Vietnam’s Big Bet on Carbon to Drive a New Timber Economy

Under a government decree, Vietnam is working with local communities to grow its PEFC and FSC certified forest area through plantation establishment.

Tue 26 Mar 24


Vietnam is emerging as a highly lucrative market for carbon credits, with the government investing in carbon markets to create a social and financial dividend for local communities to replant trees and drive its green economy. 

So far, locals are sharing in more than US $5 per tonne of carbon and hope the price will jump much higher if global leaders agree to an international carbon credit market.

The upshot is that Vietnam, thanks to a 2022 government decree (107/2022/ND-CP), has established a new carbon market in the heavily forested North Central region, providing financial incentives to indigenous communities to manage forests for long-term health.

It includes Ke Bang National Park – home to 100km of caves and underground rivers, making it one of the world’s most outstanding limestone karst ecosystems – which, according to Director Phan Hong Thai, was granted US $8 million to protect large tracts of the forest.

“Over the past year, we have transferred money to organisations, households, and communities connected to the park to protect and conserve large areas of natural forest,” Mr Thai said, “before, organisations, households and communities did not have money to invest in forest protection.”

1024px Phong Nha Ke Bang cave3
One of the amazing caves in the Phong Nha-Kẻ Bàng National Park, Vietnam – is now protected partially thanks to carbon market financing. (Photo Credit: [Tycho] under Creative Commons Attribution-Share Alike 3.0)

To date, the Ministry of Agriculture and Rural Development—responsible for administering the scheme—has already transferred more than 10.2 million tons of CO2 to the International Bank for Reconstruction and Development (IBRD), from which more than US $50 million has been handed back to local communities to establish extensive tree planting programmes and practice sustainable forest management.

But it’s not just natural forests that are benefiting from the shift to carbon markets. The government and local communities are now using carbon markets as an investment vehicle to expand their timber plantations—an ambitious plan to plant 1 billion trees and grow their PEFC and FSC certification area to 1 million hectares by 2030.

“When we first started planting the trees in 2019,” Dang Dinh Hiep – a local in Quang Nam Province’s Hiep Duc District, said, “we had no idea that after one cycle, (that we would) gain higher profits from higher prices that the earnings from short-term planting…(and thus) continued planting trees.”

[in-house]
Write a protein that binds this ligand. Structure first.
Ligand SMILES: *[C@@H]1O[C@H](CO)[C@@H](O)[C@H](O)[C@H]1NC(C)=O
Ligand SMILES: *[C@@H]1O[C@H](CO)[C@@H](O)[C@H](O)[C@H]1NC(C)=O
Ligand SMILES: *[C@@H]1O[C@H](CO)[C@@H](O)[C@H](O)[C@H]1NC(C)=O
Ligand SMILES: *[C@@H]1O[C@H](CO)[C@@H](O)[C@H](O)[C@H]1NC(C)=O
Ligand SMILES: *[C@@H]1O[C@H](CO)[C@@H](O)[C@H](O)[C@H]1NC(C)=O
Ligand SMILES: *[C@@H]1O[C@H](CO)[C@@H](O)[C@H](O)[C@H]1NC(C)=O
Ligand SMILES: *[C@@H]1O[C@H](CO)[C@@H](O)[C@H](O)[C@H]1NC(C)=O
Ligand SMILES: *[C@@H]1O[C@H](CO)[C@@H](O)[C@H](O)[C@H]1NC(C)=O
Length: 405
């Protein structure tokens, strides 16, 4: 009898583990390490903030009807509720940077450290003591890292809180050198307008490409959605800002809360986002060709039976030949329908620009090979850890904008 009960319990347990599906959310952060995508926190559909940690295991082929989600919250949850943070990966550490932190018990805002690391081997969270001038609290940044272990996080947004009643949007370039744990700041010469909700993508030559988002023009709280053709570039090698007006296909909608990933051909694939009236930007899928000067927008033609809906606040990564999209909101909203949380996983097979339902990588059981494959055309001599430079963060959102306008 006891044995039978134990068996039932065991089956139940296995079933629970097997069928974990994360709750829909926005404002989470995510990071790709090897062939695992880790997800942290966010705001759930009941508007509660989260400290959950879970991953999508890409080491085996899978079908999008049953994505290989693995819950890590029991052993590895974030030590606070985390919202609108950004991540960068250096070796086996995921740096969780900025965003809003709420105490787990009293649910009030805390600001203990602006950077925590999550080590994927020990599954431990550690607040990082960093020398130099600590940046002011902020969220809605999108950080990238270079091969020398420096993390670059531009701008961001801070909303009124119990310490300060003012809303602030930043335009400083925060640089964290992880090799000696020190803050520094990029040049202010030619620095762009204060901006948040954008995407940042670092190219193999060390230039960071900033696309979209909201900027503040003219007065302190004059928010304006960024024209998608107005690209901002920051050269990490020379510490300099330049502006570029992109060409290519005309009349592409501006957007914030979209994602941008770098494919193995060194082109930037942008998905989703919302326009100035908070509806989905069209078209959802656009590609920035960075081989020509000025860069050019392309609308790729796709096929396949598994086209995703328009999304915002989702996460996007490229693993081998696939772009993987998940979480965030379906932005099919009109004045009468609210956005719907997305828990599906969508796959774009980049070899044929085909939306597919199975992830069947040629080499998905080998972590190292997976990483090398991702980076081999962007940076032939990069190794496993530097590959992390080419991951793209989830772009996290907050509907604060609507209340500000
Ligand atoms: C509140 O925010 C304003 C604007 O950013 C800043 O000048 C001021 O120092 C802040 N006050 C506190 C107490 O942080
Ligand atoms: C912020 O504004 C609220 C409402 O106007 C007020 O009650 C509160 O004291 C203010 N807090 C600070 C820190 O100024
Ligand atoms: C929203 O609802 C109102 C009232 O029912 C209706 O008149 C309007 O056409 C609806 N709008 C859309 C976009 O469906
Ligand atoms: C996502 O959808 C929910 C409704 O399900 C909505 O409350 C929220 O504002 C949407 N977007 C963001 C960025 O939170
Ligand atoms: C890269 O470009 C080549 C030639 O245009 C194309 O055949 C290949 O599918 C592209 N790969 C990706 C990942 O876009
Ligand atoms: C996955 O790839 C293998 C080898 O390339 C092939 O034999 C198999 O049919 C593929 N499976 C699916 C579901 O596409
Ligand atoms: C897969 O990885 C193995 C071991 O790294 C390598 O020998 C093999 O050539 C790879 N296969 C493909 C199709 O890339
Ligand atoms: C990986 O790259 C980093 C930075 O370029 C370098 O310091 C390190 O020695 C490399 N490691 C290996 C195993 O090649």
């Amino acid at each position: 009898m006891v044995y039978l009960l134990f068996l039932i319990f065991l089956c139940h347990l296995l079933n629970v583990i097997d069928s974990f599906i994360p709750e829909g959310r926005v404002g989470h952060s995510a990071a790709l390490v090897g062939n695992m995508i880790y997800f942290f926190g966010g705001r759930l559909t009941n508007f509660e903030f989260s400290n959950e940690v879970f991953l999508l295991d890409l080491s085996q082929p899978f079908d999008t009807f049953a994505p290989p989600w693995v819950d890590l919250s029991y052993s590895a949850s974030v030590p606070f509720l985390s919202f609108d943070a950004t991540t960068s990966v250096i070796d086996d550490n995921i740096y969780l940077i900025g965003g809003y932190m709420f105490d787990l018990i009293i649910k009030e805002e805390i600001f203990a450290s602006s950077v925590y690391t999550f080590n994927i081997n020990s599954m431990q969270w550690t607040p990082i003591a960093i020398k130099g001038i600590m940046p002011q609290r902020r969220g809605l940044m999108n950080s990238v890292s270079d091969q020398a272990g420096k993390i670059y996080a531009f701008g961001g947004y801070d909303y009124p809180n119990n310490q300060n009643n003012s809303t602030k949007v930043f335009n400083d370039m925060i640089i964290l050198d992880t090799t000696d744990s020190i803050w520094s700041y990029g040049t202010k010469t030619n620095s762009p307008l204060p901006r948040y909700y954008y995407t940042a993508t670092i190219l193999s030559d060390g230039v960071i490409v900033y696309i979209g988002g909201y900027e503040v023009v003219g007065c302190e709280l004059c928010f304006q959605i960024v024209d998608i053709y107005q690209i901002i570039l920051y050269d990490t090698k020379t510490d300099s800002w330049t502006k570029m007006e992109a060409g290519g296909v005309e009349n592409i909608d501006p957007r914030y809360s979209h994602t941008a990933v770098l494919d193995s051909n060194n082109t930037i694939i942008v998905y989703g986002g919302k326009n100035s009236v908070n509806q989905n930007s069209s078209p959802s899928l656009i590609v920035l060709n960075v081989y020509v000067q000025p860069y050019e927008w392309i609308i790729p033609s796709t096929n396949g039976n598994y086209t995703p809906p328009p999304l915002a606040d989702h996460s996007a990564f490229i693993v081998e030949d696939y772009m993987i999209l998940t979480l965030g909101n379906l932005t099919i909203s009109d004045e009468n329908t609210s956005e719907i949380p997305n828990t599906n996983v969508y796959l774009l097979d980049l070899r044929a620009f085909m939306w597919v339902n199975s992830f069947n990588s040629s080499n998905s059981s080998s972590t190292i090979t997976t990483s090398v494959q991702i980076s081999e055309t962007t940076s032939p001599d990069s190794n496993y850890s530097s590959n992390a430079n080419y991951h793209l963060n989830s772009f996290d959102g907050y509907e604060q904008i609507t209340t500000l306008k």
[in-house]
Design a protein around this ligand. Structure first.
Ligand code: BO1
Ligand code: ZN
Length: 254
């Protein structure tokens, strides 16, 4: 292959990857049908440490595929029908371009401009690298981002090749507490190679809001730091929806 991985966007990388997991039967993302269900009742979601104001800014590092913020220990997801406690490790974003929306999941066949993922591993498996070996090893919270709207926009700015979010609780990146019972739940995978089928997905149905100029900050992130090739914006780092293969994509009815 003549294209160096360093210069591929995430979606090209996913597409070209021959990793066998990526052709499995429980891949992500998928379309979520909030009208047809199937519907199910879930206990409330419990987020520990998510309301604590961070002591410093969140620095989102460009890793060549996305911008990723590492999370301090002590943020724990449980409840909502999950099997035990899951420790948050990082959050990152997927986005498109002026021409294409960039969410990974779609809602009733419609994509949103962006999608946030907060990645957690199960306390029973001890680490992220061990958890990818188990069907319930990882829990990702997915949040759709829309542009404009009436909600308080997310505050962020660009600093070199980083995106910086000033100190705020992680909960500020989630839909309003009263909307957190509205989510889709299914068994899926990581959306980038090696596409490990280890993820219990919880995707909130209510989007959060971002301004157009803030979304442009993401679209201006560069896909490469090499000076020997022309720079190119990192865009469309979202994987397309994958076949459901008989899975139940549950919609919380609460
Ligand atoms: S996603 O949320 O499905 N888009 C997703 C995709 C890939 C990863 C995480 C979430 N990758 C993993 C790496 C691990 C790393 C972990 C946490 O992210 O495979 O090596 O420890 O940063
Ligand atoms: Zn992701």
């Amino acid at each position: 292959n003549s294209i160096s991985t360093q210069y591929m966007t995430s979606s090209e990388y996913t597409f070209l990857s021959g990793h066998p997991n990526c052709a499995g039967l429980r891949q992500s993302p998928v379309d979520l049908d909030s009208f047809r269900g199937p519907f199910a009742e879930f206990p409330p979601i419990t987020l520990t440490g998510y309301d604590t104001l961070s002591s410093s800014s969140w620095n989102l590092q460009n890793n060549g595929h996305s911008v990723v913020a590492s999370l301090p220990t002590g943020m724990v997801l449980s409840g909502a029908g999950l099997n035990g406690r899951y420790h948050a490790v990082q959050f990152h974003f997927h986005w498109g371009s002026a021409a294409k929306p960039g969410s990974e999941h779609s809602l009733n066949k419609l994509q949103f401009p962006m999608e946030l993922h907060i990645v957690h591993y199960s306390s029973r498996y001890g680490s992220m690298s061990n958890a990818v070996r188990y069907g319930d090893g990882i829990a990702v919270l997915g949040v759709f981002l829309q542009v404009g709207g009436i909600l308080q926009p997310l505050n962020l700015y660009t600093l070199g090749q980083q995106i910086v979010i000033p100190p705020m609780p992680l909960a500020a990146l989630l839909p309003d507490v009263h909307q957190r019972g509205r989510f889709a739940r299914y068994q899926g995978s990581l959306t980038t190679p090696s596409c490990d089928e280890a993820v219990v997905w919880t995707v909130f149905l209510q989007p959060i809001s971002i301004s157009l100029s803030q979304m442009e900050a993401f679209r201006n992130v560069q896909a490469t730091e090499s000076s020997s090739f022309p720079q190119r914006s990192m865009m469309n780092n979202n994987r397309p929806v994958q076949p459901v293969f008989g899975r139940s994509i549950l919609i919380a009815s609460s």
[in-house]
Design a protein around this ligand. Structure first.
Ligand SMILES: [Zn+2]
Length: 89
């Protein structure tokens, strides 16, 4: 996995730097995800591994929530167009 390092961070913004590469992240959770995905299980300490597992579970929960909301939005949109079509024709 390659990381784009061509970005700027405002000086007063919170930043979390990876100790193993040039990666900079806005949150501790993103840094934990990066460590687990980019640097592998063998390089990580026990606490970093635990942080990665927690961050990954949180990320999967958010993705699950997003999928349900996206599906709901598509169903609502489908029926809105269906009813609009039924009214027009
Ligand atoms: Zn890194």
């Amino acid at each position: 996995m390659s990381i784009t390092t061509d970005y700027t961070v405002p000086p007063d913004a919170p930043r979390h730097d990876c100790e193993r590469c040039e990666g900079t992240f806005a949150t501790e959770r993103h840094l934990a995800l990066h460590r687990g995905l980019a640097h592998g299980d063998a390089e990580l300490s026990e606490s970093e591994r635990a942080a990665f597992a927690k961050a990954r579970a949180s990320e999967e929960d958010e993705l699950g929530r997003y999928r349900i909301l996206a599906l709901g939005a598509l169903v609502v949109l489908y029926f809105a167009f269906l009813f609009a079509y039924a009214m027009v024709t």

Mr Hiep is part of a collective known as Hiep Thuan Agrilctural Cooperative, which runs a forest certification scheme for more than 200 growers or households bound together through an FSC forest certificate.

The growers collectively sign forest insurance contracts, which protect them from natural disasters and provide them with seeds and instructions on growing trees.

According to Vo Van Du, chair of Thua Thien Hue’s Forest Owners and Development Association, planting large timber forests with PEFC or FSC certification not only opens up global markets “but also contributes to the protection of the ecological environment, limiting floods and even landslides.”

Changes to Article 6 at COP26, was considered a breakthrough agreement to regulate trading of carbon credits, now leaders are pushing for a UN-operated international market at COP28 in UAE. (Photo Credit: The President's Office, Maldives, sourced under Creative Commons provided by Wikimedia Commons) )
Last year, leaders at COP28, Dubai, delayed the introduction of a UN-operated international carbon market – which once implemented, could greatly increase the price of carbon per tonne. (Photo Credit: The President’s Office, Maldives, sourced under Creative Commons provided by Wikimedia Commons)

This afternoon, Wood Central spoke to Dr Vu Tan Phuong, Director of the PEFC-aligned Vietnam Forest Certification Office, which manages the Vietnam National Standard. 

He said the certification process would be crucial in meeting the country’s net-zero commitments – with global importers pressuring Vietnamese furniture manufacturers to carry “Chain of Custody” certification to adhere to company ESG policies and the EU Deforestation Regulations.

“The major policy direction for forestry development is to achieve 1 million hectares of certified forest by 2030; 100% of wood and wood products for export and domestic consumption originate from legal wood materials and wood with sustainable forest management certification,” he said, referring to a speech he gave at HAWA EXPO 2024 earlier this month, adding that carbon markets and ecosystem services play a crucial role in developing financial models for certification.


  • Jason Ross

    Jason Ross, publisher, is a 15-year professional in building and construction, connecting with more than 400 specifiers. A Gottstein Fellowship recipient, he is passionate about growing the market for wood-based information. Jason is Wood Central's in-house emcee and is available for corporate host and MC services.


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